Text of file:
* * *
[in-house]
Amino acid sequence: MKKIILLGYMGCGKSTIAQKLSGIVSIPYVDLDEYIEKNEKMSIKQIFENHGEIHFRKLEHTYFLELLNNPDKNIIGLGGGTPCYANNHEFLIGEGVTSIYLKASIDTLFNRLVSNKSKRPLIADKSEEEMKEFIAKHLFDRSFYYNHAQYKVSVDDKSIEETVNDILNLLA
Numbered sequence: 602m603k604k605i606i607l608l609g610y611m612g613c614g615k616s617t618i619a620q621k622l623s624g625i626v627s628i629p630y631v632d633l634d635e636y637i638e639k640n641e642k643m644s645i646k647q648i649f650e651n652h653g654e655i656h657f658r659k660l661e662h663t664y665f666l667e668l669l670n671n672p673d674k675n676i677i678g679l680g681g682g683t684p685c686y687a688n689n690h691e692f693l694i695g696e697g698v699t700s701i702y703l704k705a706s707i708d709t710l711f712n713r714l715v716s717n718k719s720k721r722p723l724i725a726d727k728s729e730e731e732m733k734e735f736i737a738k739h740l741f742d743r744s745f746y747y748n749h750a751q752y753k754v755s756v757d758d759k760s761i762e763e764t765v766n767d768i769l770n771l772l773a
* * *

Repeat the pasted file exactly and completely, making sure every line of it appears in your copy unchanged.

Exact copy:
[in-house]
Amino acid sequence: MKKIILLGYMGCGKSTIAQKLSGIVSIPYVDLDEYIEKNEKMSIKQIFENHGEIHFRKLEHTYFLELLNNPDKNIIGLGGGTPCYANNHEFLIGEGVTSIYLKASIDTLFNRLVSNKSKRPLIADKSEEEMKEFIAKHLFDRSFYYNHAQYKVSVDDKSIEETVNDILNLLA
Numbered sequence: 602m603k604k605i606i607l608l609g610y611m612g613c614g615k616s617t618i619a620q621k622l623s624g625i626v627s628i629p630y631v632d633l634d635e636y637i638e639k640n641e642k643m644s645i646k647q648i649f650e651n652h653g654e655i656h657f658r659k660l661e662h663t664y665f666l667e668l669l670n671n672p673d674k675n676i677i678g679l680g681g682g683t684p685c686y687a688n689n690h691e692f693l694i695g696e697g698v699t700s701i702y703l704k705a706s707i708d709t710l711f712n713r714l715v716s717n718k719s720k721r722p723l724i725a726d727k728s729e730e731e732m733k734e735f736i737a738k739h740l741f742d743r744s745f746y747y748n749h750a751q752y753k754v755s756v757d758d759k760s761i762e763e764t765v766n767d768i769l770n771l772l773a